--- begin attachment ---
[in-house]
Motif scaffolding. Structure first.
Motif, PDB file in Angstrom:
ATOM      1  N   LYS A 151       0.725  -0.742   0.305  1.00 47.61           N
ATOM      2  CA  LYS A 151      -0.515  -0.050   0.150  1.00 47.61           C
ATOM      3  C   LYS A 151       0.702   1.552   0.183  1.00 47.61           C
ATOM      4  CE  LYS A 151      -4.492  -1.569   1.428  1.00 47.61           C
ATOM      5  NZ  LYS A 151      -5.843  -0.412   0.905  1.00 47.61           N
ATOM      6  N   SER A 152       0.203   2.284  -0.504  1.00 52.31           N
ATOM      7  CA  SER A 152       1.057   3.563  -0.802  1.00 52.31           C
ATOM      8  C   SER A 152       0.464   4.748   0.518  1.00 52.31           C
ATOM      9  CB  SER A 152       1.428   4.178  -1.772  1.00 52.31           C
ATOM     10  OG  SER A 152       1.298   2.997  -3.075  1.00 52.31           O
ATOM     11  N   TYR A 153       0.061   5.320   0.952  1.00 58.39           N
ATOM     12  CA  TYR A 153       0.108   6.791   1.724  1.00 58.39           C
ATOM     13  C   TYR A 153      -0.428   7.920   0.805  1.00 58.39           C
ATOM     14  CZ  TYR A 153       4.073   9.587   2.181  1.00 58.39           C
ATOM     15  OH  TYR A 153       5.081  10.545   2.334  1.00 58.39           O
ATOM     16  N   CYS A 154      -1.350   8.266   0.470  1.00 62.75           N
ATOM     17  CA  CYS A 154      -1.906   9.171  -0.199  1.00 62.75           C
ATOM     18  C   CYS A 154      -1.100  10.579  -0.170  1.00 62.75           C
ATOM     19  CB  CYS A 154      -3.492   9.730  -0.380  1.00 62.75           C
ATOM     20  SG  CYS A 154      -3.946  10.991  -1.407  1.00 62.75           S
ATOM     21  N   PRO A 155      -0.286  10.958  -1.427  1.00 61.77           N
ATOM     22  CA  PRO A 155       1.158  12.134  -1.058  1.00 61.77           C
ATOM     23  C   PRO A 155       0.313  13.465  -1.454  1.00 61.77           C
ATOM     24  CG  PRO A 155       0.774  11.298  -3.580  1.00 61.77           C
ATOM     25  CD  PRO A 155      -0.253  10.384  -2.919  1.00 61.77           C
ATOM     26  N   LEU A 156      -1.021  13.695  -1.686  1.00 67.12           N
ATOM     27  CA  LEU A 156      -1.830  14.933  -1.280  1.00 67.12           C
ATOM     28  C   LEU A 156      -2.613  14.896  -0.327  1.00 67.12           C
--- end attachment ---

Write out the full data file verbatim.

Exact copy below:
[in-house]
Motif scaffolding. Structure first.
Motif, PDB file in Angstrom:
ATOM      1  N   LYS A 151       0.725  -0.742   0.305  1.00 47.61           N
ATOM      2  CA  LYS A 151      -0.515  -0.050   0.150  1.00 47.61           C
ATOM      3  C   LYS A 151       0.702   1.552   0.183  1.00 47.61           C
ATOM      4  CE  LYS A 151      -4.492  -1.569   1.428  1.00 47.61           C
ATOM      5  NZ  LYS A 151      -5.843  -0.412   0.905  1.00 47.61           N
ATOM      6  N   SER A 152       0.203   2.284  -0.504  1.00 52.31           N
ATOM      7  CA  SER A 152       1.057   3.563  -0.802  1.00 52.31           C
ATOM      8  C   SER A 152       0.464   4.748   0.518  1.00 52.31           C
ATOM      9  CB  SER A 152       1.428   4.178  -1.772  1.00 52.31           C
ATOM     10  OG  SER A 152       1.298   2.997  -3.075  1.00 52.31           O
ATOM     11  N   TYR A 153       0.061   5.320   0.952  1.00 58.39           N
ATOM     12  CA  TYR A 153       0.108   6.791   1.724  1.00 58.39           C
ATOM     13  C   TYR A 153      -0.428   7.920   0.805  1.00 58.39           C
ATOM     14  CZ  TYR A 153       4.073   9.587   2.181  1.00 58.39           C
ATOM     15  OH  TYR A 153       5.081  10.545   2.334  1.00 58.39           O
ATOM     16  N   CYS A 154      -1.350   8.266   0.470  1.00 62.75           N
ATOM     17  CA  CYS A 154      -1.906   9.171  -0.199  1.00 62.75           C
ATOM     18  C   CYS A 154      -1.100  10.579  -0.170  1.00 62.75           C
ATOM     19  CB  CYS A 154      -3.492   9.730  -0.380  1.00 62.75           C
ATOM     20  SG  CYS A 154      -3.946  10.991  -1.407  1.00 62.75           S
ATOM     21  N   PRO A 155      -0.286  10.958  -1.427  1.00 61.77           N
ATOM     22  CA  PRO A 155       1.158  12.134  -1.058  1.00 61.77           C
ATOM     23  C   PRO A 155       0.313  13.465  -1.454  1.00 61.77           C
ATOM     24  CG  PRO A 155       0.774  11.298  -3.580  1.00 61.77           C
ATOM     25  CD  PRO A 155      -0.253  10.384  -2.919  1.00 61.77           C
ATOM     26  N   LEU A 156      -1.021  13.695  -1.686  1.00 67.12           N
ATOM     27  CA  LEU A 156      -1.830  14.933  -1.280  1.00 67.12           C
ATOM     28  C   LEU A 156      -2.613  14.896  -0.327  1.00 67.12           C